A premium subscription to Lynda.com ($37.50 per month) gets you access to additional course materials, including, in many cases, “exercise files” that help you follow along at home. In the case of the Final Cut Pro X course, for example, the exercise files include the raw footage Kennedy uses to put together a documentary video. If you import the files into your own copy of the software, it transforms the whole course into a hands-on experience. “We are very committed to this idea of see it, do it, learn it,” says Weinman.
But there’s no set, prescribed way to use Lynda.com. If you want to lean back and watch an entire course without doing a single exercise, that’s fine. “I’m the defender of not making assumptions about how people are going to use our service,” Weinman says. “I think it’s just as valid [to use Lynda.com] at 2:00 in the morning, when you have to add something to your presentation for work tomorrow and you watch a 5-minute movie and you get it done, as it is to spend 20 hours learning something from scratch.”
Weinman acknowledges that the Lynda.com library may not be for everybody. If you’re like me, for example, you may often prefer to dive into a new software application and figure it out as you go, even if it means banging your head against various problems. “Some people are very adept at teaching themselves and would never thinking about reading a manual or watching a video,” Weinman says. “Other people really appreciate having some visual instruction.”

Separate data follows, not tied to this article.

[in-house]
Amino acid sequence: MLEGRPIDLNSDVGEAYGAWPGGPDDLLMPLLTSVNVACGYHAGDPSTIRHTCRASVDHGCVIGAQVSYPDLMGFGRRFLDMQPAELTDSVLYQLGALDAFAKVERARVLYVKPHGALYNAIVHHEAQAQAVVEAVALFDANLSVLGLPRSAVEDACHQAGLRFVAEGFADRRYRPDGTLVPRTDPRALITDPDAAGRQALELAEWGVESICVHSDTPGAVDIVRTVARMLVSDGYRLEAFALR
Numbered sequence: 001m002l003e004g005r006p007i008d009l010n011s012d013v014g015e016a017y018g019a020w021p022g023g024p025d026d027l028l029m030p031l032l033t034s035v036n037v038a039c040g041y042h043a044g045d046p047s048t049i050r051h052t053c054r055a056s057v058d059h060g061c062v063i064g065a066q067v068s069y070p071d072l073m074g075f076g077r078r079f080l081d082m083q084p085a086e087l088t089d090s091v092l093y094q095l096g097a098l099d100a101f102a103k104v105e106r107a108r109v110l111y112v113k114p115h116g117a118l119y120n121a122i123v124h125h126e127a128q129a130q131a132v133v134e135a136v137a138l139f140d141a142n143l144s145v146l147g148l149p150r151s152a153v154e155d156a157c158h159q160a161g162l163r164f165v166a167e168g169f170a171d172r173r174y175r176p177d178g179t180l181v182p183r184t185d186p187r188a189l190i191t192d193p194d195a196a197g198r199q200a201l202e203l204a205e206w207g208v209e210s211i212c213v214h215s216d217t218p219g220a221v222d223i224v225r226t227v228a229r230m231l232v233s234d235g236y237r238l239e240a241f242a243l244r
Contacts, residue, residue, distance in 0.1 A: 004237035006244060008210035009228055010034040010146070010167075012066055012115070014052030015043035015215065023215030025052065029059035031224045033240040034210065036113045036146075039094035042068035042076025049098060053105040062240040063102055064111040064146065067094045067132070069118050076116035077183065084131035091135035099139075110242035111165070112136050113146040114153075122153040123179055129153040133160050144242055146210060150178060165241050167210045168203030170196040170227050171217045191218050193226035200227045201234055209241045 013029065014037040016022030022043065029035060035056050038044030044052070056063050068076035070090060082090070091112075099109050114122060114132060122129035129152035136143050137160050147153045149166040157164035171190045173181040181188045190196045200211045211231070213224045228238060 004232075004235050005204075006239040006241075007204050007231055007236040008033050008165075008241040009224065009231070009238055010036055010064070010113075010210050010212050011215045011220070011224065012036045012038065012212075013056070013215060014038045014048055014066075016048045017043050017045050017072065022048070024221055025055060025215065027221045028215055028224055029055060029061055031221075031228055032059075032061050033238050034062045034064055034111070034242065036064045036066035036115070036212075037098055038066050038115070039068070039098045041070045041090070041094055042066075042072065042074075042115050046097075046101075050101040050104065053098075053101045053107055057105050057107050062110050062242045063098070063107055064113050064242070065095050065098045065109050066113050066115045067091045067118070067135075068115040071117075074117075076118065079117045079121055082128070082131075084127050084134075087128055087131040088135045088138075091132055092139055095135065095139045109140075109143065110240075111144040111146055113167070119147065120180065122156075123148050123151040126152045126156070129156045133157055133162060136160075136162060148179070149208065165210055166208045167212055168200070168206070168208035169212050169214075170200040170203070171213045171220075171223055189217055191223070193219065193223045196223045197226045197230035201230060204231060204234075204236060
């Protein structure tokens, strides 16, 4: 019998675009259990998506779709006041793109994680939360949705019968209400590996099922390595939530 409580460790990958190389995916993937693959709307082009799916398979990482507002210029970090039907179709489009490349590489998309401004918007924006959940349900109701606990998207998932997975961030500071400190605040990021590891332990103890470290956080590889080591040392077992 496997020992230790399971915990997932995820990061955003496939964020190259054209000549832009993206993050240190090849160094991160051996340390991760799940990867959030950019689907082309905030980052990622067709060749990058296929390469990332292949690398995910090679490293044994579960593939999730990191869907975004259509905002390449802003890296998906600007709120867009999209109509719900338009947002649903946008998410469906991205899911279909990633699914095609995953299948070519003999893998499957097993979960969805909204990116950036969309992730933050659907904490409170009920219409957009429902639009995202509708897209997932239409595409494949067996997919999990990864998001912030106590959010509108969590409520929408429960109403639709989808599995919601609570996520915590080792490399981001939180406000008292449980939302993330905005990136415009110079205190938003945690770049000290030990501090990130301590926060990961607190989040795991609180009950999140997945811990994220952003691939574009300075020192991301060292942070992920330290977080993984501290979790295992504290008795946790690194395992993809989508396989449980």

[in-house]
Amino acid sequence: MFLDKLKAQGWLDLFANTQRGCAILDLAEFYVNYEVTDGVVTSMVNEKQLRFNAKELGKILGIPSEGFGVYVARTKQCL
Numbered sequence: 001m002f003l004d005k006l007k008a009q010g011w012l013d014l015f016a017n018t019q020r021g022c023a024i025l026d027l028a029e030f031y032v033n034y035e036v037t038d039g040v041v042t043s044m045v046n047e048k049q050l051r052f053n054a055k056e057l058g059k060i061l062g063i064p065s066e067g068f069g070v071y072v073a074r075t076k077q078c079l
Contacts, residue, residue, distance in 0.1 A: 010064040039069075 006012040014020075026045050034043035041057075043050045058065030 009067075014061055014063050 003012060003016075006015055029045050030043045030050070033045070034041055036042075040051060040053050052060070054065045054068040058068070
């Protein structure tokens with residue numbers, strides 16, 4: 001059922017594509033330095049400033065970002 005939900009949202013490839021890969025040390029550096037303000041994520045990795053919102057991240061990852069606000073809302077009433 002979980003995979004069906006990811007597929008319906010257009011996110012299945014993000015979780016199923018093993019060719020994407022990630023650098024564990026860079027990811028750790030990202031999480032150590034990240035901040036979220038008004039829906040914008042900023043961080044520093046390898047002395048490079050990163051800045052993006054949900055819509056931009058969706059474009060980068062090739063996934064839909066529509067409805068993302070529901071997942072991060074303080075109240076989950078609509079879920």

And there’s more to most of the courses, she points out, than simply explaining the nuts and bolts of a process or a piece of software. “You can teach yourself how to operate a camera, but that doesn’t mean you can’t learn something from a great photographer, who could teach you about light or composition or storytelling,” Weinman says (which captures my own reason for viewing Ben Long’s course).
If you’re lucky enough to be a student at a school like the University of Southern California, which has licensed Lynda.com’s library for academic use, then you have full access to the site on top of all of your school’s other resources. At some of those places, an interesting “flipped classroom” dynamic is evolving, according to Robison, Lynda.com’s CEO. Students at the USC Film School, for example, watch the videos outside of class to learn the ins and outs of the editing tools they’ll be using, then work with instructors on creative projects in class.
Robison says he sees options like Lynda.com, Khan Academy, YouTube, and live classroom instruction as complementary, and he thinks they will all coexist as technology continues to sweep through the education business. But as long as Lynda.com can keep producing up-to-the-minute instructional videos that help people get a job, keep a job, advance in a career, or pursue the hobbies they love, it will have paying customers who are long past their school days.